Look Up!

 

chrysler building

I am keeping tonight’s post short. I have a limited amount of time in NYC and will save a proper thank you for everyone’s generous support of my United NYC Half Marathon effort on behalf of the Leukemia and Lymphoma Society for a future post. I also have a lot to say about the joy of meeting Gareth (the young man I run for through I Run for Michael) and will hold that too.

For now, a reminder to look up. When I lived in NYC, I walked everywhere I could. I would peek in the store windows, people-watch, and marvel at the variety of languages and personalities surrounding me. However, days would go by that I would forget all of the “stuff” above. The beautiful, large-scaled, make-your-mouth-fall-open with awe stuff.

We can use a reminder to “look up” figuratively as well as literally. To be precise, I can. I have been struggling with more tunnel vision than I have disclosed to many people. I am not sure what the way out is or how soon it will come, but I know one of the keys lies in “looking up.”

Thank you for the reminder, NYC.

Five Questions for 2015

It’s the first day of March and I a doing a “look back at 2014” post. Hmmm…..

It is a little late in the year for this, but I was attracted to these “5 Questions to Make the Most of 2015”  and their accompanying quotes so I decided to give them a shot. Retrospection is never really out of style especially if it helps you improve.

When did I kick ass?

“Celebrate what you want to see more of.” – Tom Peters

If I kicked ass in 2014, it was either:

A cumulative set of small things (like honoring the soldiers of Camp Gordon Johnston almost every day, demonstrating accountability in my workouts, consistently using Charity Miles to earn money for causes I love via my workouts)

StanleyDuPlanti

or …

Successfully biting my tongue during my daily drives with my father in law. It has been a struggle to “be the adult” when being told how to drive, having my motives for working questioned, or being berated for taking the time to lure the cat in after he (again) left the door open accidentally.

However – you know who’s the real badass in this situation? He is. For dealing with the loss of his spouse of 55 years, for dealing with decades of debilitating chronic pain, for waiting interminable amounts of time for diagnostic tests to explain the latest health issue, for having zero control in a world where he is accustomed to being in charge.

When was I most alive?

“Don’t ask what the world needs. Ask what makes you come alive, and go do it. Because what the world needs is people who have come alive.” – Howard Thurman10409403_10152149271486315_2859153504720087386_n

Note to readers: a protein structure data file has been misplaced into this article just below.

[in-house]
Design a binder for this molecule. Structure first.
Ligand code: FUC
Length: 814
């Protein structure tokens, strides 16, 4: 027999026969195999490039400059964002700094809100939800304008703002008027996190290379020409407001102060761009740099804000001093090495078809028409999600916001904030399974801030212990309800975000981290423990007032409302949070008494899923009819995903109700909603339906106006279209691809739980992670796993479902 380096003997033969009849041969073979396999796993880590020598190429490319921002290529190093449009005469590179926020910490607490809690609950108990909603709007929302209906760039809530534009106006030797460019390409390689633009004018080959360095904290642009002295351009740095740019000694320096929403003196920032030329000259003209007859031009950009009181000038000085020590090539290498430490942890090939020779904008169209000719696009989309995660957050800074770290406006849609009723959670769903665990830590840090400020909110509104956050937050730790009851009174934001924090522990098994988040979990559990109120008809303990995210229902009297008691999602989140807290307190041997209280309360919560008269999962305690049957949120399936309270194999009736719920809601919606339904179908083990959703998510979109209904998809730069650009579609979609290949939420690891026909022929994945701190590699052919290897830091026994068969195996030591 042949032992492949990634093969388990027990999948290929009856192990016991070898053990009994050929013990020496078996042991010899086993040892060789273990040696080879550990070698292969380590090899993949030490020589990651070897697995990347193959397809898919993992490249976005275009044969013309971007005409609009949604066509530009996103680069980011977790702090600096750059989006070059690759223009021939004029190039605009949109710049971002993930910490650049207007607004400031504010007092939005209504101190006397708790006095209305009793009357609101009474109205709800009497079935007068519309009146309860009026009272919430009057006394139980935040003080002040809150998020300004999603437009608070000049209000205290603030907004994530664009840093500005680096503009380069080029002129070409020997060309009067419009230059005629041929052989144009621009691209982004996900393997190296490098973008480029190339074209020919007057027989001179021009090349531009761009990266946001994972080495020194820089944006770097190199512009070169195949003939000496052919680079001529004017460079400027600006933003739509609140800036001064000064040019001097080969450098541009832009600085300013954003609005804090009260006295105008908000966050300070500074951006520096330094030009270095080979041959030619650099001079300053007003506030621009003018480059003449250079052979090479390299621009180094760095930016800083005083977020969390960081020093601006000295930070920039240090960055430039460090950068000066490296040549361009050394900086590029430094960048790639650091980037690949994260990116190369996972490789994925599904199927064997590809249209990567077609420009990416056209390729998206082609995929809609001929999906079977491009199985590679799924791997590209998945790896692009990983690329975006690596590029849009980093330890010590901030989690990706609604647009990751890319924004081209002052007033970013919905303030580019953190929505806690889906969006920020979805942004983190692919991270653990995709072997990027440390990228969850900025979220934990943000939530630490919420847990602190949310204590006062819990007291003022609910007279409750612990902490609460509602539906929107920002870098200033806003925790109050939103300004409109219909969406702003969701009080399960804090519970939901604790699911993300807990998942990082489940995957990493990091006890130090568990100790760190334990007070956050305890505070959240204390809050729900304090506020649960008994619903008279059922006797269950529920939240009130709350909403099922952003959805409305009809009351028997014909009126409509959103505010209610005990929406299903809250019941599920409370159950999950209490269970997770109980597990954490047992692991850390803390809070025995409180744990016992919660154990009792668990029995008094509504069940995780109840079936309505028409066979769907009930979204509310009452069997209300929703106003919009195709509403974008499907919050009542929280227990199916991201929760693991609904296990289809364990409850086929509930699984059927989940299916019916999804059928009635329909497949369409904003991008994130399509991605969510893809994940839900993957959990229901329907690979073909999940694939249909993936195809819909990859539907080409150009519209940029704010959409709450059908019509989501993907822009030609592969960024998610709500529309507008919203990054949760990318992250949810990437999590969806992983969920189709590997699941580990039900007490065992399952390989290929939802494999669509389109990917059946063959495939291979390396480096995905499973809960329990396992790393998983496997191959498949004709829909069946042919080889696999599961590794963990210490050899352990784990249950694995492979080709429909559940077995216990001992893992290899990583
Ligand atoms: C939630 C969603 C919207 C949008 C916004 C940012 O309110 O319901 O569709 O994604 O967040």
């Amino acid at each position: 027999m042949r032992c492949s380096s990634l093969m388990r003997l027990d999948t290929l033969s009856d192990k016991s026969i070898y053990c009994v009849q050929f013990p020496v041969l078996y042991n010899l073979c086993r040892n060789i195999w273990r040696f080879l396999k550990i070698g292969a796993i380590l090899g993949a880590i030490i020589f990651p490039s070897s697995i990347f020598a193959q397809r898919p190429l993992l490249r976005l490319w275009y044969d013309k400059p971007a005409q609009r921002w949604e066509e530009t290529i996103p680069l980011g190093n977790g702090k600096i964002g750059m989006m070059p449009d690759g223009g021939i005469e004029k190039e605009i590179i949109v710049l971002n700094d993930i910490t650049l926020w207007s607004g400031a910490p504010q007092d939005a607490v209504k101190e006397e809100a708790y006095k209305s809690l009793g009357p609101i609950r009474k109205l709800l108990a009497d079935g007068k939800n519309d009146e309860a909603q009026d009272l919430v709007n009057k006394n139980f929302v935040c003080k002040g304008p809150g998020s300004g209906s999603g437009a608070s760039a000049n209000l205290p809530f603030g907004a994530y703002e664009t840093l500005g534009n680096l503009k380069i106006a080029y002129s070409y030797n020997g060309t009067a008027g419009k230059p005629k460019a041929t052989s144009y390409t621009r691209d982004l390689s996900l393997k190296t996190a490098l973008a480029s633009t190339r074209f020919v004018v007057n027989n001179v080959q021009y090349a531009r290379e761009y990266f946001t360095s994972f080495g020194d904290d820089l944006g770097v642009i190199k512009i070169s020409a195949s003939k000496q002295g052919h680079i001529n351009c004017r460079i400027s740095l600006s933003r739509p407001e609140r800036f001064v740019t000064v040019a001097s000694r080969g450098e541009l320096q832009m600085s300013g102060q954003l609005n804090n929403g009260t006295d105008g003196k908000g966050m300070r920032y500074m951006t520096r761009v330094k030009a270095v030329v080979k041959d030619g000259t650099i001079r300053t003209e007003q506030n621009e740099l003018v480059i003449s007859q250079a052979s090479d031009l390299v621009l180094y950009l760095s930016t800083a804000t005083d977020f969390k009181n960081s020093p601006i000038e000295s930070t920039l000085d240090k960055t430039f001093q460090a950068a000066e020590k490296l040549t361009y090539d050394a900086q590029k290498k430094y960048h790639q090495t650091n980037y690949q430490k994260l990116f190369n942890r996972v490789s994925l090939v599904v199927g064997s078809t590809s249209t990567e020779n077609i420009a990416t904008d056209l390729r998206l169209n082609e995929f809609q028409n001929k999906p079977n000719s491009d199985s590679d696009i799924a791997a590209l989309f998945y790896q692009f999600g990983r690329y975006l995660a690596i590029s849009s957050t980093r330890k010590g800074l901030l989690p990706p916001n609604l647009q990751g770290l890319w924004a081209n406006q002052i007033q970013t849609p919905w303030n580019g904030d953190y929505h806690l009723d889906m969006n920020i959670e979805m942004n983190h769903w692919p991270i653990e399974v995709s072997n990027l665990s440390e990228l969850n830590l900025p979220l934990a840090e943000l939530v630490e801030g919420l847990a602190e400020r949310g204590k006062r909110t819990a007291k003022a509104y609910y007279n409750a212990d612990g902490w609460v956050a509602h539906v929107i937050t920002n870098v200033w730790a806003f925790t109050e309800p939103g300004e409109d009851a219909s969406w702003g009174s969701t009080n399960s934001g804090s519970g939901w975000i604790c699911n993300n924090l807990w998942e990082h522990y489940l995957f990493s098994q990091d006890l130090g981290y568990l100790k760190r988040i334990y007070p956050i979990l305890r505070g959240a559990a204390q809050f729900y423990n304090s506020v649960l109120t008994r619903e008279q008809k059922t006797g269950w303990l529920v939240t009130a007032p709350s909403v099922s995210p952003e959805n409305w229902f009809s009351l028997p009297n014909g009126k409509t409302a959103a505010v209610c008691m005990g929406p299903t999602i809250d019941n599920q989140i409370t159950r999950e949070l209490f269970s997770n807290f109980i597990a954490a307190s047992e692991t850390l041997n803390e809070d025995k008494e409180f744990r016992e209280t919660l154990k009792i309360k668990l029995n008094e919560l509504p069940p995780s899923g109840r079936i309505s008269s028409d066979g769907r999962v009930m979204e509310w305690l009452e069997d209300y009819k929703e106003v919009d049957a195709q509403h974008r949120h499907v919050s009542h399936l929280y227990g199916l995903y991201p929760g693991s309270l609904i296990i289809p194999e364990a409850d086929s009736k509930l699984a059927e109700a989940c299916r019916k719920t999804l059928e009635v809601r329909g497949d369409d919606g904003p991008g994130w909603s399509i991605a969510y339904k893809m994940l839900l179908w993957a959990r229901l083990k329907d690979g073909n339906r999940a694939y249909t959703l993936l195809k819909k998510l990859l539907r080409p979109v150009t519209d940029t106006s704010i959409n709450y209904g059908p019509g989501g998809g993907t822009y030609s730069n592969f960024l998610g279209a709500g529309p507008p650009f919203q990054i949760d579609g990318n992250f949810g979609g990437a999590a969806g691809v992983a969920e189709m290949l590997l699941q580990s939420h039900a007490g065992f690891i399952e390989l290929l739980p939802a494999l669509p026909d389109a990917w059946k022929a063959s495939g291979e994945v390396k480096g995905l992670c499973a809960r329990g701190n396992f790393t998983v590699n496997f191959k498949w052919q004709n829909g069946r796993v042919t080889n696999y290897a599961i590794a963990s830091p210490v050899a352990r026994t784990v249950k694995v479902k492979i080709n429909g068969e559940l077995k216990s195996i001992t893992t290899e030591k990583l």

Easy: the week I spent in El Salvador and the week I spent in NYC.

Also, any time I was on an FSU film set.

And when I was scared to death and completely out of my element auditioning for a musical (then when I took a lesson to try to at least improve the piece and redeem myself). It was still below par musically but clawing myself up from awful to mediocre felt very, very alive.

When was I bored?

“The opposite of happiness is not sadness, but boredom.” – Tim Ferriss

“Here’s a great definition of boredom: The absence of growth.”

I was bored at work. Therefore I left.

Note: At no time in almost 20 years was I ever bored with the cause of providing quality, affordable health care to children. I was bored with the way my responsibilities were playing out. I was feeling the itch to do more communications and incorporate social media into my work life. Neither of those were options. I have only written one blog post about why I left, and it’s not about boredom, but here it is.

Who were my teachers this year? Whom did I teach?

“You are the average of the five people with whom you spend the most time.” – Jim Rohn

I have actually had a placeholder to do an entire blog about this idea — I read about it previously in the blogs of one of the Lead Change Group Leading Voices.

The answer to the “five people” question is:

My husband, Wayne

My father-in-law, Wayne

My son, Wayne Kevin (do we see a theme here?)

The online community

My Toastmasters group

My husband has taught me to ask for things I don’t feel like I can get. My father-in-law has taught me to check and make sure the door is really closed so that cat doesn’t get out! My son has taught me that the people who seem the least observant are sometimes quite the opposite. My online community has taught me it is okay to ask for help. My Toastmasters group  has taught me to tell my story with fewer double clutches. (A double clutch is when a word or phrase is repeated such as “She played basketball played basketball well.”)

Who have I taught? I enjoyed being a first-time mentor to a new Toastmasters member. Maybe some other lessons I have taught will come home to roost. We’ll see.

What mattered most?